Final Synthesis Report of Findings from ASPE "Leavers" Grants. Child Health and Insurance Coverage


One set of measures of child well-being center on child health and health insurance coverage. Ten of the studies with survey data report the percentage of children without any type of health insurance coverage (Table VII.1). This number ranges from less than 10 percent in Missouri, Massachusetts, and the Bay Area, to over 20 percent in Arizona and Illinois. Not surprisingly, some of the states with low percentages of uninsured children, like Massachusetts, are also the states with the highest rates of Medicaid coverage. However, Missouri and the Bay Area also have low percentages of uninsured children but only moderate rates of Medicaid coverage. Higher than average private insurance coverage among children of leavers in these two studies accounts for this discrepancy.

Table VII.1:
Measures of Child Health and Uninsurance for Single-Parent Leaver Families' Children


AZ DC1 GA IL1 IA MO MA1 SC1,2 WA Bay Area

Health Insurance3


26 16 11 29 20 4 8 8 10 13 9


51 60 83 53 62 68 83 85 67 64


12 12 5 23 5 11 20 10 7 9  


8 11 4   18 3   4 10 28 6

Child health


    64       50 42    

Very good

    14       24 25    


    13       18 24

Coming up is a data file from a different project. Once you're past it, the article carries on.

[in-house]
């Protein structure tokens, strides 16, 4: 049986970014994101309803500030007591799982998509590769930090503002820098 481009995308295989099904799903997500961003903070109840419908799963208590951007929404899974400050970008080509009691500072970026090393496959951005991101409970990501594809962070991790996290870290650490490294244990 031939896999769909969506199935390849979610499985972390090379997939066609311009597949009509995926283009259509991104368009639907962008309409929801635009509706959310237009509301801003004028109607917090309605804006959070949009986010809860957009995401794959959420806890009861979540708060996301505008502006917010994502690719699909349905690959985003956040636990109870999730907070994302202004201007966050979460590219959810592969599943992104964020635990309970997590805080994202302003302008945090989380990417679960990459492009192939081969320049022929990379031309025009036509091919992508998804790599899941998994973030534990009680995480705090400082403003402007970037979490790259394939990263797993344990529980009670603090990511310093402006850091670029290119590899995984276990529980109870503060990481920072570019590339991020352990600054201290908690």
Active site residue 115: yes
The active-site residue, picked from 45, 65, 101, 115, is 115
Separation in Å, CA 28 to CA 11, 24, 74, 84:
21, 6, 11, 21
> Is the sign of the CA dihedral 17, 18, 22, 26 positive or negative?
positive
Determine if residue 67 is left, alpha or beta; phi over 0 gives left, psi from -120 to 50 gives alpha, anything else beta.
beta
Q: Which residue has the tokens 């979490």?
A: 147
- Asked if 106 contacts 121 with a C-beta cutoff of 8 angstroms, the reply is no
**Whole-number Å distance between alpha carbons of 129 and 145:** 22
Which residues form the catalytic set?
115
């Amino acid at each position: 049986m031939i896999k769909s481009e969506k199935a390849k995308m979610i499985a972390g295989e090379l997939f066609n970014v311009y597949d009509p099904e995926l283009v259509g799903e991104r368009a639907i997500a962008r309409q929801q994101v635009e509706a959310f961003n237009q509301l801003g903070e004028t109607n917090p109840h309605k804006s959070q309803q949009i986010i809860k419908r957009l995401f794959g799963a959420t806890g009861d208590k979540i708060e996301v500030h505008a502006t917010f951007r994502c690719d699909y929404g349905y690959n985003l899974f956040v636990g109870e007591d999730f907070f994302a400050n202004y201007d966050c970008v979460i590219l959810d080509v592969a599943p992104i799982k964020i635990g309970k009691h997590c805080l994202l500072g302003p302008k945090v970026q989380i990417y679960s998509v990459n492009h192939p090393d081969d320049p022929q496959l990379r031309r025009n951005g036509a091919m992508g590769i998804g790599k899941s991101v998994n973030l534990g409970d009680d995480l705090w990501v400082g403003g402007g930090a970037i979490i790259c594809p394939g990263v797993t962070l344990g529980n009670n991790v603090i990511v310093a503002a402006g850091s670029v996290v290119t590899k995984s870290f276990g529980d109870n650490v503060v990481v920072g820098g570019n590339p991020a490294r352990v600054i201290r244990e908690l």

4   6 7   6 8    


    1       1 1    

Child's health better/worse since exit


Child lacks access to routine health care


1Results are for all cases, not just single-parents.
2Results are for families that remain off of welfare at the time of the survey.
3Numbers may not sum to 100% because multiple coverage is possible.
4In 20 percent of families, none of the children are covered. In 40 percent of families, children are uninsured at some point over the year.
5Includes all private coverage.
6Includes all private or other government insurance.
7Iowa reports child's health is fair or poor combined.
Source: See Appendix B for a complete listing of the leavers studies referenced.

 Child health is also a measure of child well-being. In the four states reporting child health, the percentage of leaver families with children in poor or fair health as reported by the parent in response to the grantee survey is relatively low, ranging from 5 to 9 percent. Only South Carolina shows how child health changes between the time families receive TANF and after they exit. This study reports that 39 percent of leaver families say their child is in better health since exit, compared with only 3 percent who feel their child is in worse health. South Carolina also reports results for childrens access to health care. The study reports that 7 percent of leaver families have a child that lacks access to routine health care since TANF exit.